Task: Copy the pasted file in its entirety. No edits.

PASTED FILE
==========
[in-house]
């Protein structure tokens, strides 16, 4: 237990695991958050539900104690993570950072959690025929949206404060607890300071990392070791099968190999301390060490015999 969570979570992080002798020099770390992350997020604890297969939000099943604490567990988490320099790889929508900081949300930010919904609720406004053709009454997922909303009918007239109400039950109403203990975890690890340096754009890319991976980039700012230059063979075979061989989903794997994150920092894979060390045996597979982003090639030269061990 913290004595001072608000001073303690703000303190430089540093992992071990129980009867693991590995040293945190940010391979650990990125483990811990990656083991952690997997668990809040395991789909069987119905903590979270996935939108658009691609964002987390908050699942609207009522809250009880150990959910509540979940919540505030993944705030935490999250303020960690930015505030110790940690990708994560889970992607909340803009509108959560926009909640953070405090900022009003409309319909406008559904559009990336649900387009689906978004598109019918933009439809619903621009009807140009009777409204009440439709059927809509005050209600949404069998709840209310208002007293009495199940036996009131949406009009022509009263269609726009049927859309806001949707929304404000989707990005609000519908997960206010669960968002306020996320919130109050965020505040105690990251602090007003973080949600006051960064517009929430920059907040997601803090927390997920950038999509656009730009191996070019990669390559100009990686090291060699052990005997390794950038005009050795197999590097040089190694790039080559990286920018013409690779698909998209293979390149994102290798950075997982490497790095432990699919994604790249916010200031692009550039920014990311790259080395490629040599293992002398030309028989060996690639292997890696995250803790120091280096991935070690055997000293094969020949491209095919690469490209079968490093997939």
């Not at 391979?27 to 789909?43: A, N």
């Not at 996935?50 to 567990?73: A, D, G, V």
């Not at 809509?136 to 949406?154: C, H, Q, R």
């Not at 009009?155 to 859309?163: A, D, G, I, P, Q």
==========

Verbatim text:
[in-house]
């Protein structure tokens, strides 16, 4: 237990695991958050539900104690993570950072959690025929949206404060607890300071990392070791099968190999301390060490015999 969570979570992080002798020099770390992350997020604890297969939000099943604490567990988490320099790889929508900081949300930010919904609720406004053709009454997922909303009918007239109400039950109403203990975890690890340096754009890319991976980039700012230059063979075979061989989903794997994150920092894979060390045996597979982003090639030269061990 913290004595001072608000001073303690703000303190430089540093992992071990129980009867693991590995040293945190940010391979650990990125483990811990990656083991952690997997668990809040395991789909069987119905903590979270996935939108658009691609964002987390908050699942609207009522809250009880150990959910509540979940919540505030993944705030935490999250303020960690930015505030110790940690990708994560889970992607909340803009509108959560926009909640953070405090900022009003409309319909406008559904559009990336649900387009689906978004598109019918933009439809619903621009009807140009009777409204009440439709059927809509005050209600949404069998709840209310208002007293009495199940036996009131949406009009022509009263269609726009049927859309806001949707929304404000989707990005609000519908997960206010669960968002306020996320919130109050965020505040105690990251602090007003973080949600006051960064517009929430920059907040997601803090927390997920950038999509656009730009191996070019990669390559100009990686090291060699052990005997390794950038005009050795197999590097040089190694790039080559990286920018013409690779698909998209293979390149994102290798950075997982490497790095432990699919994604790249916010200031692009550039920014990311790259080395490629040599293992002398030309028989060996690639292997890696995250803790120091280096991935070690055997000293094969020949491209095919690469490209079968490093997939």
């Not at 391979?27 to 789909?43: A, N």
């Not at 996935?50 to 567990?73: A, D, G, V």
């Not at 809509?136 to 949406?154: C, H, Q, R």
């Not at 009009?155 to 859309?163: A, D, G, I, P, Q």